Wolf was surrounded by people who were attempting to deceive him. Some were family, some were ‘friends’, some were colleagues. They flattered him. They tried to gain access to his inner circle. They tried to gain his trust. Why? Let me explain.
Wolf had been given an unusual gift, one that none of them had. It was a gift of perfection in music. To make a musical analogy — his gift was like a perfect fourth or fifth, whereas there gifts were like major or minor intervals. That is what made Wolf’s music incomparable. They hated that, and they hated him for that.
None of this is really new — it was alluded to in the movie “Amadeus”. Salieri was, in essence, symbolic of all the treachery and deceit that surrounded Wolf. But Salieri may have known a secret that he tried to use to gain an advantage — that Wolf had been a victim of being caused bodily harm through the administering of small doses of toxic substances. This may have started when Wolf was living with his birth family. Perhaps it was the jealous Nannerl who was secretly doing this. Wolf’s mother, Maria Anna, was unable to protect him. She died in his arms in Paris. Leopold and Nannerl tried to blame her death on Wolf. This added a terrible burden to Wolf’s own grief.
The ongoing administration of toxic substances without Wolf’s knowledge or permission could have been done as a means of controlling both him and his extraordinary gift. As a result, Wolf was supposed to be little more than a mind-controlled zombie. When Wolf married Constanze, the same thing could have happened by her hand. The antipathy between Constanze and Nannerl, in fact, led to them being buried at opposite ends of Vienna.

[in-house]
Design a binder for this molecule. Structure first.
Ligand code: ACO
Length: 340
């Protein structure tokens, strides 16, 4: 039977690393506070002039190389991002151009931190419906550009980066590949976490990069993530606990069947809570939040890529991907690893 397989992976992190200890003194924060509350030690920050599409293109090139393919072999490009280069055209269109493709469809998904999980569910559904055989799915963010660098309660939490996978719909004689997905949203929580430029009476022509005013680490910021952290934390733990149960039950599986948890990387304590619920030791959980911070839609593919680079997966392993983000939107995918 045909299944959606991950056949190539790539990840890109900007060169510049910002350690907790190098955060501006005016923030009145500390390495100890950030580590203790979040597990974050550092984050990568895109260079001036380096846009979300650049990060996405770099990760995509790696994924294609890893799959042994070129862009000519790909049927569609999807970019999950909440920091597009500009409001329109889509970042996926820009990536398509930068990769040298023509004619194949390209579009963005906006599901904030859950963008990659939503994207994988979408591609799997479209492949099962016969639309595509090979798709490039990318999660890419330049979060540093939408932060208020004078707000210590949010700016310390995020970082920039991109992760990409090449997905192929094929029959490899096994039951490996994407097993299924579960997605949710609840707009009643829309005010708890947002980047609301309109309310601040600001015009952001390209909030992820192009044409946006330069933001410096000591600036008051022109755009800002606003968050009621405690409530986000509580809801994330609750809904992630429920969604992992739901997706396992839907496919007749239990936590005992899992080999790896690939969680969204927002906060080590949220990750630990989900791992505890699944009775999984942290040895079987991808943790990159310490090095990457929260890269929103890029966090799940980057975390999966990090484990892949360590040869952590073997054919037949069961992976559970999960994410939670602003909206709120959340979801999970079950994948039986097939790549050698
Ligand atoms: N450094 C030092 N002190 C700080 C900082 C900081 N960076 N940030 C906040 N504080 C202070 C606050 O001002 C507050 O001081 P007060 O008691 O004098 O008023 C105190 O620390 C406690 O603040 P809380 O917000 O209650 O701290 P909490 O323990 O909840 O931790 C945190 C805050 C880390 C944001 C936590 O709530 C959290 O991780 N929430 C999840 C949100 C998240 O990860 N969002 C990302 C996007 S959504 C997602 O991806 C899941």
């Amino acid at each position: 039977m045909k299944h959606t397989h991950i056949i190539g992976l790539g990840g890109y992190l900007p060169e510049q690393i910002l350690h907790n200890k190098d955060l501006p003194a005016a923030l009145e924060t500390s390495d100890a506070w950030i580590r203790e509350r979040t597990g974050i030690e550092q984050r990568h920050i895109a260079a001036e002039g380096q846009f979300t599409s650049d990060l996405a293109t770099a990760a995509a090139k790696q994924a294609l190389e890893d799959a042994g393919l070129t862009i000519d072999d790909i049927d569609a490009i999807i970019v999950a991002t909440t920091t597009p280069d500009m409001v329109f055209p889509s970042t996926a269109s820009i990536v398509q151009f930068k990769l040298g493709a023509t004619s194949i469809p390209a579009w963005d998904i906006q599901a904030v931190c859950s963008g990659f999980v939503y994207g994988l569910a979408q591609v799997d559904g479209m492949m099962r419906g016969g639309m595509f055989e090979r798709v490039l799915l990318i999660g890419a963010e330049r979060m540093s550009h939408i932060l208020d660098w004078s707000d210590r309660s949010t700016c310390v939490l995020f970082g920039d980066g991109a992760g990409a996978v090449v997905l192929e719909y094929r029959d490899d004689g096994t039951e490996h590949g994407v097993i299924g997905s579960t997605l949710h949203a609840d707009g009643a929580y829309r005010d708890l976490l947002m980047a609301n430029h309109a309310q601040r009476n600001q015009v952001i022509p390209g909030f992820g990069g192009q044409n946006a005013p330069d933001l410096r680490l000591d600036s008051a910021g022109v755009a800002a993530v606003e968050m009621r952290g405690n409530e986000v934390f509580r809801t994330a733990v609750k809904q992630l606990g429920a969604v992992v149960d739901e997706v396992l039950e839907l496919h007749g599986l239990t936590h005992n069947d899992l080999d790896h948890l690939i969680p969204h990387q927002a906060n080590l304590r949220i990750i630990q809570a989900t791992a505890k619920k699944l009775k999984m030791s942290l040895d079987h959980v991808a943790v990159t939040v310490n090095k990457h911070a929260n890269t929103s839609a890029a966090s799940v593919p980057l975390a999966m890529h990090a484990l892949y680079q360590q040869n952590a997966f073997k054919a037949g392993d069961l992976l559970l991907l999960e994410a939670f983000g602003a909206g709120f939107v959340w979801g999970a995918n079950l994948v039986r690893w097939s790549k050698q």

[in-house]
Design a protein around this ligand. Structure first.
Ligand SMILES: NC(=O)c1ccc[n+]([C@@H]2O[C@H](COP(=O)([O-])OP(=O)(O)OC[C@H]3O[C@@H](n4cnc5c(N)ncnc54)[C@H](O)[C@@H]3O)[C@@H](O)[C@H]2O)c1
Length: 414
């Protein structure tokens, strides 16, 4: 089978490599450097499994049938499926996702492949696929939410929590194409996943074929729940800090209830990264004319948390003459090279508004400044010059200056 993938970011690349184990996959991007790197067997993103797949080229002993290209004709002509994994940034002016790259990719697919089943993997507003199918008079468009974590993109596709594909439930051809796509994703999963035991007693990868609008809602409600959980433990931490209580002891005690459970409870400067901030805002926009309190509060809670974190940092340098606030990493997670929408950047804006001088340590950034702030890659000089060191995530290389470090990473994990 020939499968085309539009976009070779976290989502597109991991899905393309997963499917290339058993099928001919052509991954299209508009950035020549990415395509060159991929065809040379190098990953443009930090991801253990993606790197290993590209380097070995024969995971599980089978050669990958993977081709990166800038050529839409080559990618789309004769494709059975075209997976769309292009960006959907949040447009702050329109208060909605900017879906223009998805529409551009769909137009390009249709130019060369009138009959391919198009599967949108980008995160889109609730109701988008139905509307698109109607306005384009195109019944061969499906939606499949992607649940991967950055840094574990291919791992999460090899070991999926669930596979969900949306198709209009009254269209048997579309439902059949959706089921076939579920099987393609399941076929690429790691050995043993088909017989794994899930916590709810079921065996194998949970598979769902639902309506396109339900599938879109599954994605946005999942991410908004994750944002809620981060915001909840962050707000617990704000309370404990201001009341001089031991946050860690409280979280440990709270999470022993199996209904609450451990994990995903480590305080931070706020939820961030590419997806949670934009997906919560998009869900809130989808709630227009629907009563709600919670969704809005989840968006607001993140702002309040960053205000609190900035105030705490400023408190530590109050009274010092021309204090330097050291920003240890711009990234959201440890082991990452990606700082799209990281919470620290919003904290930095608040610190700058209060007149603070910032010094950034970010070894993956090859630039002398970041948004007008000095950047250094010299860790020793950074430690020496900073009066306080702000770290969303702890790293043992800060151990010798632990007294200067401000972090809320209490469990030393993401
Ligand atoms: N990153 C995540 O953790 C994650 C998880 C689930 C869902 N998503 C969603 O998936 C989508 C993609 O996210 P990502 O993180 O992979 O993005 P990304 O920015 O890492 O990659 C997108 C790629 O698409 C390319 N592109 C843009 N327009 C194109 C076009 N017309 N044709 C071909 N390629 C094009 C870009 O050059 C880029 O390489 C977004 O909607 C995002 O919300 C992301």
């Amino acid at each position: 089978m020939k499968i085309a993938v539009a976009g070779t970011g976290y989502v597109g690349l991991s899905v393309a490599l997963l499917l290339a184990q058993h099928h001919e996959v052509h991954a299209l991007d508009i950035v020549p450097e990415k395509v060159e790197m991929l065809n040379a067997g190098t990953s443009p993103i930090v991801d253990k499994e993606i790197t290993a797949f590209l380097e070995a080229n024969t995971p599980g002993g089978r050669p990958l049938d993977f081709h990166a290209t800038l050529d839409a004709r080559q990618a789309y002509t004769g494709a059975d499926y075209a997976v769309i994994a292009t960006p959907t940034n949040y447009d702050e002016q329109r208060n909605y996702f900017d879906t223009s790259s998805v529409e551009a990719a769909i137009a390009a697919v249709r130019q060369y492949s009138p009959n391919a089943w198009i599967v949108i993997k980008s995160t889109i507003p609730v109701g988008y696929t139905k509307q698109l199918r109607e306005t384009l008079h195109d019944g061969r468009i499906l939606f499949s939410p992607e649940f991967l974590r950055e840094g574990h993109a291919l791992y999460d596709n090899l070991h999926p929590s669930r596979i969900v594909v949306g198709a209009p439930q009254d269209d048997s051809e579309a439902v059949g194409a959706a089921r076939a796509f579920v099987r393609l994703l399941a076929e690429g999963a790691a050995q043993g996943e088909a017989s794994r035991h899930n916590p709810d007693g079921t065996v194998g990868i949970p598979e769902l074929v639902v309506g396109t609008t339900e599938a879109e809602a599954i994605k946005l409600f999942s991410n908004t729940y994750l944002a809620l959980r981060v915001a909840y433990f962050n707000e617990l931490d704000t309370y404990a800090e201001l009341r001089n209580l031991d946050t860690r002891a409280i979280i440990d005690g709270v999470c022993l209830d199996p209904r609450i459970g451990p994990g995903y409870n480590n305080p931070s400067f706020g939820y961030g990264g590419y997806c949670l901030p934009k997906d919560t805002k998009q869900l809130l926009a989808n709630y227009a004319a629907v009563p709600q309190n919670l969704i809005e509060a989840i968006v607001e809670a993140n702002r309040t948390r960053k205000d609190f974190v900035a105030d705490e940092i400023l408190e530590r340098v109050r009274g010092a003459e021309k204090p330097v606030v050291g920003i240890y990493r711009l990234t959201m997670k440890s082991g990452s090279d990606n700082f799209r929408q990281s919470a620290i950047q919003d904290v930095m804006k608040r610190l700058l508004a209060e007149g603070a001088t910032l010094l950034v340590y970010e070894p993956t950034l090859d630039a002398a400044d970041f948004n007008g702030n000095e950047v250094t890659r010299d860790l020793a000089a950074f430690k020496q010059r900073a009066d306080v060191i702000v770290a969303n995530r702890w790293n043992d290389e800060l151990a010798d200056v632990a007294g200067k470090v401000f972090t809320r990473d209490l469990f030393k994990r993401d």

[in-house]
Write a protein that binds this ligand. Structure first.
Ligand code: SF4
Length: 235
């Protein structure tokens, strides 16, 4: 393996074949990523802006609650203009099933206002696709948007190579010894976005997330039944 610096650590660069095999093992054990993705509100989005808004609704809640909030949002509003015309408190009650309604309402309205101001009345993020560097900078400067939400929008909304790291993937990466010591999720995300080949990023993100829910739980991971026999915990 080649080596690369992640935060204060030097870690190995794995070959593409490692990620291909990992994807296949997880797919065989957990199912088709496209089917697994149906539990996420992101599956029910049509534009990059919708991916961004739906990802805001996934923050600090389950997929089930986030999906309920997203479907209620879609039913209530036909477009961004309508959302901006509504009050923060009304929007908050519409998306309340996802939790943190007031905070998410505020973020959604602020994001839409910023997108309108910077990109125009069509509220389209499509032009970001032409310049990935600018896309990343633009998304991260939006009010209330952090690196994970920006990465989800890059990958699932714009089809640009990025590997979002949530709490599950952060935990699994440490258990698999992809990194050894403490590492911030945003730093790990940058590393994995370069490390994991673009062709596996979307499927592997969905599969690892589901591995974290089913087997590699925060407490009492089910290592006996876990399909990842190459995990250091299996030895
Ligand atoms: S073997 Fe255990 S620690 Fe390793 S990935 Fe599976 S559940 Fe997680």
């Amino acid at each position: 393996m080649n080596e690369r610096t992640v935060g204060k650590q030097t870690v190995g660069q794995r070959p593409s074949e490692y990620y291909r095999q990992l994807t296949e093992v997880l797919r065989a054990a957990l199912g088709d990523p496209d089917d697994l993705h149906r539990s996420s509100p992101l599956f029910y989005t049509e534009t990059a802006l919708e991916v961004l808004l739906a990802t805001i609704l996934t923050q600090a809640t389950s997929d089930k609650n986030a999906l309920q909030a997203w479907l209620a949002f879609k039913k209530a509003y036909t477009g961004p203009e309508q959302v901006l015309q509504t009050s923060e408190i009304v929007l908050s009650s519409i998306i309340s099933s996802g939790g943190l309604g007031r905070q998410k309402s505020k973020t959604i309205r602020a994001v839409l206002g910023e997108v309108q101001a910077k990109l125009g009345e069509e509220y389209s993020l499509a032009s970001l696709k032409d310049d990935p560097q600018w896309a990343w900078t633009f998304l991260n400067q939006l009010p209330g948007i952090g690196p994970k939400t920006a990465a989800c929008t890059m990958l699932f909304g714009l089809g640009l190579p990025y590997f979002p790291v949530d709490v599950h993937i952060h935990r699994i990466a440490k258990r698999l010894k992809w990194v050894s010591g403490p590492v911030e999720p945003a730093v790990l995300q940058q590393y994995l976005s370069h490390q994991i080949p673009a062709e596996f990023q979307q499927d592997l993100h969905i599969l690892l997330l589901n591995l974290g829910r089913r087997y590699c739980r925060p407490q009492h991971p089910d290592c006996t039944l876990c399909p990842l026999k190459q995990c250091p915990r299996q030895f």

Were Wolf’s continual moving from one place to another, as well as his being supposedly ‘not good with money’ in fact connected to this ongoing pogram against him? If so, was he supposed to believe that it was God’s will that he suffer the possibility of bodily harm by those who broke bread with him? If this were to be the case, would that not account for perhaps some of his frantic activity to compose as many pieces as possible as quickly as possible?
But, in a worse-case-scenario, surrounded by a brood of vipers, a vortex of the evil eye, in fact, is it possible that Wolf never believed this lie?
I offer to you Wolf’s last major opera, Die Zauberflote, which defines with some clarity this great gift that he was allowed to be steward of during his life on earth. If so, he knew this gift better than anyone. He believed in the power of this great gift — a gift of brilliance never again seen in music — and a gift of shalom, no matter how trying his earthly circumstances were.